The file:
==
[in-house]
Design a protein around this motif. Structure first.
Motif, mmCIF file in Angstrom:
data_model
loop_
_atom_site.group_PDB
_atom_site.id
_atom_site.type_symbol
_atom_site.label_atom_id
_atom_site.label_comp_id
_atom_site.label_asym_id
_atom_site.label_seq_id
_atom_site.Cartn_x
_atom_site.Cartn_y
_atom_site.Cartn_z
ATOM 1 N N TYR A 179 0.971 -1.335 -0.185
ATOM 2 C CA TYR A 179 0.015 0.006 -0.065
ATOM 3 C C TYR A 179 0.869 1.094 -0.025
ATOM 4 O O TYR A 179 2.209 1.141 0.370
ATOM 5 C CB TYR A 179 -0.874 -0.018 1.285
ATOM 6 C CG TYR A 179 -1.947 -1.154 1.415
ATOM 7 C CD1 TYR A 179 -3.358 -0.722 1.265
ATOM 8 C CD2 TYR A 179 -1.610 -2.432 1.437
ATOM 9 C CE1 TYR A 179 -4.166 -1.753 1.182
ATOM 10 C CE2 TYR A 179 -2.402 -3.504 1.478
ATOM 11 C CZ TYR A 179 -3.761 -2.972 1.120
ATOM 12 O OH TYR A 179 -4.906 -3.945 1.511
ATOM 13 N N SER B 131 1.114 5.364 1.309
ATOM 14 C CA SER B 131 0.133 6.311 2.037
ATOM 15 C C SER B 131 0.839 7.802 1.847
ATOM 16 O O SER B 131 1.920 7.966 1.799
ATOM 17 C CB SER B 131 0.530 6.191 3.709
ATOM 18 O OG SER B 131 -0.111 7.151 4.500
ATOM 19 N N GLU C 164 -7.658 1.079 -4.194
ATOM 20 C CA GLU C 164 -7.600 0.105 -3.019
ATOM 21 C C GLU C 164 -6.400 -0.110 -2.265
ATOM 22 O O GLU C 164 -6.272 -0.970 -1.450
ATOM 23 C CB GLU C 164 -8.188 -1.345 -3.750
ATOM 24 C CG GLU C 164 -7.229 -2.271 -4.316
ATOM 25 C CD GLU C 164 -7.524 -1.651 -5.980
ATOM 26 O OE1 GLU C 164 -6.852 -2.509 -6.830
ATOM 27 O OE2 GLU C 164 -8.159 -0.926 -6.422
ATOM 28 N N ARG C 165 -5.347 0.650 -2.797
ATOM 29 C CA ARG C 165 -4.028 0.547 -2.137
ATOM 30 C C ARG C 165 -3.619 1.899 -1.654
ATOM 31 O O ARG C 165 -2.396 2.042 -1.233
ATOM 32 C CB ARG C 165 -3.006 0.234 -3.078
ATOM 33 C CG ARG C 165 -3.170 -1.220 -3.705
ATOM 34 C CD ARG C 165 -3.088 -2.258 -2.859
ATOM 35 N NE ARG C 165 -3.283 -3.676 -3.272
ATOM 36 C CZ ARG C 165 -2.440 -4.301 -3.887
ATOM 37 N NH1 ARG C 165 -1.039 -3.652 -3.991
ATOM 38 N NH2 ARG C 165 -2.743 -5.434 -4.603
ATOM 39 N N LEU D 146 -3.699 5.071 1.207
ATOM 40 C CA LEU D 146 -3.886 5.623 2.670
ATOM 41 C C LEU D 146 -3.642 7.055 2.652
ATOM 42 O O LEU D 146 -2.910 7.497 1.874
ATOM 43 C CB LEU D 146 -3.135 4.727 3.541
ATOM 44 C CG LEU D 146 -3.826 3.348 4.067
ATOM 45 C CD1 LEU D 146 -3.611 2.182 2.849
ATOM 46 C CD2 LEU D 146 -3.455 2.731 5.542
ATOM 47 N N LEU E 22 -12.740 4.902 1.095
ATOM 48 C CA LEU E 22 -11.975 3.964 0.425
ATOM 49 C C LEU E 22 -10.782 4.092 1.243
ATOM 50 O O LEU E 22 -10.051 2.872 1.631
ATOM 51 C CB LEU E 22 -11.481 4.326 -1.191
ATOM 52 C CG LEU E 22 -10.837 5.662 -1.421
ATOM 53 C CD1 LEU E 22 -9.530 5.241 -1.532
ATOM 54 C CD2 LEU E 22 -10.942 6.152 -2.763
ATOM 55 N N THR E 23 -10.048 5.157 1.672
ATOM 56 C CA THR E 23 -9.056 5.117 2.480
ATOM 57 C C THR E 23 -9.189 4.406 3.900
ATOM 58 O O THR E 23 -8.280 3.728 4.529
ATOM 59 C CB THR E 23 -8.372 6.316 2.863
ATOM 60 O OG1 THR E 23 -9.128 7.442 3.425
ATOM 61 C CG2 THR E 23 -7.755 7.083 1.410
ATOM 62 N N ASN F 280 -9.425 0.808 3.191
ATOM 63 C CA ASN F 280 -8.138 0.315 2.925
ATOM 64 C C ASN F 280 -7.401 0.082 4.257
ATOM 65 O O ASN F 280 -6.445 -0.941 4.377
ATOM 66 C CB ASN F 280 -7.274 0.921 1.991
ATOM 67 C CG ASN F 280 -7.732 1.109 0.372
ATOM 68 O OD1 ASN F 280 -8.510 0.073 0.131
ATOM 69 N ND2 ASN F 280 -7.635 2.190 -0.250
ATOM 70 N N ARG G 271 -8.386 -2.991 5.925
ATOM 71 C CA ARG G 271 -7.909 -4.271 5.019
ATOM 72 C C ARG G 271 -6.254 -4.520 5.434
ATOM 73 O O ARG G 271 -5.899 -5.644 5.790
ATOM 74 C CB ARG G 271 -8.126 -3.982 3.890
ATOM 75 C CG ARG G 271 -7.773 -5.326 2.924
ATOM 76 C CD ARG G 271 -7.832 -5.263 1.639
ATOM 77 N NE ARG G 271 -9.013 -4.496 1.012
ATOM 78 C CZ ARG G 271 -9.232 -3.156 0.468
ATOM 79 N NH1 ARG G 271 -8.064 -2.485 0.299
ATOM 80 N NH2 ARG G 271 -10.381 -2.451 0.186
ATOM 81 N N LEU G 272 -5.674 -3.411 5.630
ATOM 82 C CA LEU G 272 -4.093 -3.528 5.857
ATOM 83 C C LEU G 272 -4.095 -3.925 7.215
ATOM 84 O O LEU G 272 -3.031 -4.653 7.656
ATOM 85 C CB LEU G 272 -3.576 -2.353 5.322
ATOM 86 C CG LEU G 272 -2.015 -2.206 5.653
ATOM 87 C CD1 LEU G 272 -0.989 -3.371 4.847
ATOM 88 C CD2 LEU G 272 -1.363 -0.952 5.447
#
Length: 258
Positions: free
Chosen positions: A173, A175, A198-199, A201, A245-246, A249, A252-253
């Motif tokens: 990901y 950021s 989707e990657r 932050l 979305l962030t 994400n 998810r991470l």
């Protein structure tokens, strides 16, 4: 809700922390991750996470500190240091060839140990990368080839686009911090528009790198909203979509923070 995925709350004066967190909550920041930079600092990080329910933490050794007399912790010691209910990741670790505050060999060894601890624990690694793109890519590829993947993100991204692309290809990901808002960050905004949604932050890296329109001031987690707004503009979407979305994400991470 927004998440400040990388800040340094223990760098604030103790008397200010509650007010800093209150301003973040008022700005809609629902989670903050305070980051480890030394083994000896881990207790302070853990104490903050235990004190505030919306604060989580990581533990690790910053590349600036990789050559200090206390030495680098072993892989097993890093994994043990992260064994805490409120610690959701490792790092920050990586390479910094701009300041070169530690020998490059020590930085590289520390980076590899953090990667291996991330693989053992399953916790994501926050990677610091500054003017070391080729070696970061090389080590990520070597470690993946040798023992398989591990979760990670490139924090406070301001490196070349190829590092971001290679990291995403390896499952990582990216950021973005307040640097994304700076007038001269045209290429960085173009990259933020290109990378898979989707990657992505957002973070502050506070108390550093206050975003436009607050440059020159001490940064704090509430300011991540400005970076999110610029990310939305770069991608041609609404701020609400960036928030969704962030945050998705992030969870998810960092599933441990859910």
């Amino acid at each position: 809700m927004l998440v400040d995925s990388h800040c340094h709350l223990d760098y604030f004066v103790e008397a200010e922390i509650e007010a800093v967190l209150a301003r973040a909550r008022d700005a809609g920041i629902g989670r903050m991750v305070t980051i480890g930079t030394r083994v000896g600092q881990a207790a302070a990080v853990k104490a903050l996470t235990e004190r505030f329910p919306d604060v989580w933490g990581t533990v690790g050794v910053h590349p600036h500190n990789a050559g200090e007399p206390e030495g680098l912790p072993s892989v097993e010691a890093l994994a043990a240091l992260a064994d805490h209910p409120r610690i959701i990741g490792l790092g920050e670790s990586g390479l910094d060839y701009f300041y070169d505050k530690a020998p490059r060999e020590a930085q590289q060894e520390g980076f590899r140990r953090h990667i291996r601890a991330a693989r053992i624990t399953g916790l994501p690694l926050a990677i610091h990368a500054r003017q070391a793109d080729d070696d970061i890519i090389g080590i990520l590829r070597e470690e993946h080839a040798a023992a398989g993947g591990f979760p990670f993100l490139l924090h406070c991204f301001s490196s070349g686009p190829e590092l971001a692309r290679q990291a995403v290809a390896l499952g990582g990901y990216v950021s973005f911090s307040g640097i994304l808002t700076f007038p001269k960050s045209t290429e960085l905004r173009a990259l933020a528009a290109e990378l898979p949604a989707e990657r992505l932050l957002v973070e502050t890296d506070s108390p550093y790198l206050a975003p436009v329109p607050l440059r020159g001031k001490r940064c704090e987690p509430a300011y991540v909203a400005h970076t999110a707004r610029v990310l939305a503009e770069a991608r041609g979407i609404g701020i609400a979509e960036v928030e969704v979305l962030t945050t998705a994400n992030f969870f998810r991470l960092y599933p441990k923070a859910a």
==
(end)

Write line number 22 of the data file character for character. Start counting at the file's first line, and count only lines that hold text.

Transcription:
ATOM 7 C CD1 TYR A 179 -3.358 -0.722 1.265